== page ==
Covid: Some people may be better protected against coronavirus due to genes, study finds
Some people may be better protected against Covid-19 because of their genes, a study suggests.
But new variants of the coronavirus could still learn to evade any protection offered by these genes, scientists have warned.
Research suggested antiviral responses are better in people who have a more protective “prenylated” version of the OAS1 gene, while others have a version which fails to detect the virus.
New variants that learn to evade that genetic protection could become “substantially more pathogenic and transmissible in unvaccinated populations”, experts said.
Prenylation, the attachment of a molecule of fat to a protein, allows prenylated OAS1 to “seek out” the invading virus and “sound the alarm”, say researchers.
Patients in hospital who had a prenylated version of the gene were generally better protected from severe Covid-19, the study found, suggesting it is a “major component of a protective antiviral response”.
Researchers also found that those with the “bad” form of OAS1 experienced significantly more frequent levels of severe disease, with intensive care admission or death around 1.6 times more likely in these patients.
The study, called A prenylated dsRNA sensor protects against severe Covid-19, is published in the journal Science and was led by the MRC-University of Glasgow Centre for Virus Research.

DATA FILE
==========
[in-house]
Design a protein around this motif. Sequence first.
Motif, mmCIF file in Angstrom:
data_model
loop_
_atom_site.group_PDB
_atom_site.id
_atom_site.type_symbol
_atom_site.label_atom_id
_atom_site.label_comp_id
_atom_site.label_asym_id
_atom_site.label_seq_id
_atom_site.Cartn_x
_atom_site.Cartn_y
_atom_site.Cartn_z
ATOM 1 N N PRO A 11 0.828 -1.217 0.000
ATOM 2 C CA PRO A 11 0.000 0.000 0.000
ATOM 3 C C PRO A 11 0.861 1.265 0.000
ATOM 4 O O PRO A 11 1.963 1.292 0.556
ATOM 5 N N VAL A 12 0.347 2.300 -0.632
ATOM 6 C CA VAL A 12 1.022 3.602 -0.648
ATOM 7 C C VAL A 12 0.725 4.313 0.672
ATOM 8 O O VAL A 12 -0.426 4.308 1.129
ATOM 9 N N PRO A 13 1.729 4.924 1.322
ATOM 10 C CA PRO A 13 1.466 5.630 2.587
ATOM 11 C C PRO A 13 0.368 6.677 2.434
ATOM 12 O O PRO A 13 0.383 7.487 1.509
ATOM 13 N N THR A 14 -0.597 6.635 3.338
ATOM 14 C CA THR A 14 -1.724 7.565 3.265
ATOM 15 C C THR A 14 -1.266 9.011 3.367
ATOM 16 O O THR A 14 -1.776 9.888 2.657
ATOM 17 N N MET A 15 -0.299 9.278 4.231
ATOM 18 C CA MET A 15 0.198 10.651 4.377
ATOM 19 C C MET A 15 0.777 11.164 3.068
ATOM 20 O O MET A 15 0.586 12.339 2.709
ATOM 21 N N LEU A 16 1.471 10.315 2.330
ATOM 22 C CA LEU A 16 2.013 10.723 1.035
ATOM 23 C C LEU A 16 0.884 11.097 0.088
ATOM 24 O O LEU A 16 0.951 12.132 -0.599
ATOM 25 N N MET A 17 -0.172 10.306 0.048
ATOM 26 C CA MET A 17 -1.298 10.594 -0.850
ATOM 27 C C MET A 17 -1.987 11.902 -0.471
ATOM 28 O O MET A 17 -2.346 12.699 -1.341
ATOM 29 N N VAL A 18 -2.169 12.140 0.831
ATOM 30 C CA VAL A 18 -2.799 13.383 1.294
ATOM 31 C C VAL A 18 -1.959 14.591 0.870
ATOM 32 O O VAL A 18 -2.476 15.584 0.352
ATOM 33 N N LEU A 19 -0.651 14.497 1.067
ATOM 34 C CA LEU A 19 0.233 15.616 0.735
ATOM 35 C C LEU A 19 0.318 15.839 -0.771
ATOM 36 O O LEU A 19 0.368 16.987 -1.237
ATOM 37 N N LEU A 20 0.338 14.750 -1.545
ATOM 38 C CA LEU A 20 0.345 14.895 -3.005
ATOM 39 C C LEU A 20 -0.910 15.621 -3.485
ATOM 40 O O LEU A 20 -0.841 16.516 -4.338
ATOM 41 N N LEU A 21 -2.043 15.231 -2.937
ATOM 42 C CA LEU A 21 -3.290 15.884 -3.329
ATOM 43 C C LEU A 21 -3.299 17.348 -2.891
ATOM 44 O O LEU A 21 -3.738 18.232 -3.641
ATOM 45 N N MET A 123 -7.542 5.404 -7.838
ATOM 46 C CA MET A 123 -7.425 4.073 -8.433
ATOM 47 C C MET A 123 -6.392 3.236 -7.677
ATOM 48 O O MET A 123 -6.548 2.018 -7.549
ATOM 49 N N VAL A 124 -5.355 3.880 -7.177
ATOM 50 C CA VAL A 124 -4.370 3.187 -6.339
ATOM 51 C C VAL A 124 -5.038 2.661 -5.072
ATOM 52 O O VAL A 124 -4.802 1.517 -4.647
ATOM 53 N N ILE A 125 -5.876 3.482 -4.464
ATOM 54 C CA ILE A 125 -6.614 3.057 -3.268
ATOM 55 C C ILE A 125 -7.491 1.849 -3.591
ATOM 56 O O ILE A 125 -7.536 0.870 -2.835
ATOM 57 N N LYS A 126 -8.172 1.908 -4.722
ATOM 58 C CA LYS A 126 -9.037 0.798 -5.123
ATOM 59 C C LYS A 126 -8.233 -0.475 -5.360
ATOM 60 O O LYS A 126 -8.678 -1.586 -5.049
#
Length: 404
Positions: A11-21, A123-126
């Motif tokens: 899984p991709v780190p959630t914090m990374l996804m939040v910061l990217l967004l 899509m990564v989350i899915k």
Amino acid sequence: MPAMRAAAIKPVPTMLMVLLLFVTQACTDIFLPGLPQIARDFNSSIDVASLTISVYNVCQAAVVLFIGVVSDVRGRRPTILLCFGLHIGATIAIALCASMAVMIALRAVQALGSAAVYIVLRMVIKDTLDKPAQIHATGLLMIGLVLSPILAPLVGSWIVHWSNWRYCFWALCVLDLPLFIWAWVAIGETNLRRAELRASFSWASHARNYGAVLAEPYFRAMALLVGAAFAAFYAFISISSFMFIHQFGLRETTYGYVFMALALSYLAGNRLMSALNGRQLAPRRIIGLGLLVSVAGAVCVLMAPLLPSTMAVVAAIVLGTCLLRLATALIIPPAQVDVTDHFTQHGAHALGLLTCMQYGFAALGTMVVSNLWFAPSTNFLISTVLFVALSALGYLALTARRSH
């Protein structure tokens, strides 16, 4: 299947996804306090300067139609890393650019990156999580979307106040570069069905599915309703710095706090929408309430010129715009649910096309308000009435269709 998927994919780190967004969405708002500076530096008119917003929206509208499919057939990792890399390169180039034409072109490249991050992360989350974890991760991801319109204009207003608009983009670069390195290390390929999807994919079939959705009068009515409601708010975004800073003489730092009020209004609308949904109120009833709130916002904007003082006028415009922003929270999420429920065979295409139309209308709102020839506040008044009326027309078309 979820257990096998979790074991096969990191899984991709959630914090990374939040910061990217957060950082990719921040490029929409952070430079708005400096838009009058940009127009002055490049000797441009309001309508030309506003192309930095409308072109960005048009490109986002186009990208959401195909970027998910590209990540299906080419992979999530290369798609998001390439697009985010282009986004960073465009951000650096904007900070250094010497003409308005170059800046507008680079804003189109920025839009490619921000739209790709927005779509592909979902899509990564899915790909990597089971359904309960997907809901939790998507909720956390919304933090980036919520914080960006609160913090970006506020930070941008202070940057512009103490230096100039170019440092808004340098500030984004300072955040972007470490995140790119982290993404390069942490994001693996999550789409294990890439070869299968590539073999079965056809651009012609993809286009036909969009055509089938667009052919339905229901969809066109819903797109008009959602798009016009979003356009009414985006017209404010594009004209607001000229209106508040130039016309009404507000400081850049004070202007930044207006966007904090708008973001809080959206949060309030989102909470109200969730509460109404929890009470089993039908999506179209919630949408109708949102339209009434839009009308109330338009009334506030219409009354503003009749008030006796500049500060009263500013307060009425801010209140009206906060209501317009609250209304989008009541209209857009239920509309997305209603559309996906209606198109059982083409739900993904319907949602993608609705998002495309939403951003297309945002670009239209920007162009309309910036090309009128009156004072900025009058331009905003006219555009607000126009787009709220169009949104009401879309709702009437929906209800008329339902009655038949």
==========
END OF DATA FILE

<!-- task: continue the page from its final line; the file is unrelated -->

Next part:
Horseshoe bats, which are thought to be the source of Covid-19, lost this protective gene 55 million years ago, scientists say, so the coronavirus did not have to adapt to evade the defence.
Professor Sam Wilson, of the University of Glasgow’s Centre for Virus Research, said: “We know viruses adapt, and even Sars-CoV-2 has likely adapted to replicate in the animal reservoir(s) in which it circulates.
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“Cross-species transmission to humans exposed the virus Sars-CoV-2 to a new repertoire of antiviral defences, some of which Sars-CoV-2 may not know how to evade," Prof Wilson said.
“What our study shows us is that the coronavirus that caused the Sars outbreak in 2003 learned to evade prenylated OAS1.
“If Sars-CoV-2 variants learn the same trick, they could be substantially more pathogenic and transmissible in unvaccinated populations.
“This reinforces the need to continually monitor the emergence of new Sars-CoV-2 variants.”
The study was predominantly funded by the Medical Research Council, Wellcome, and UK Research and Innovation.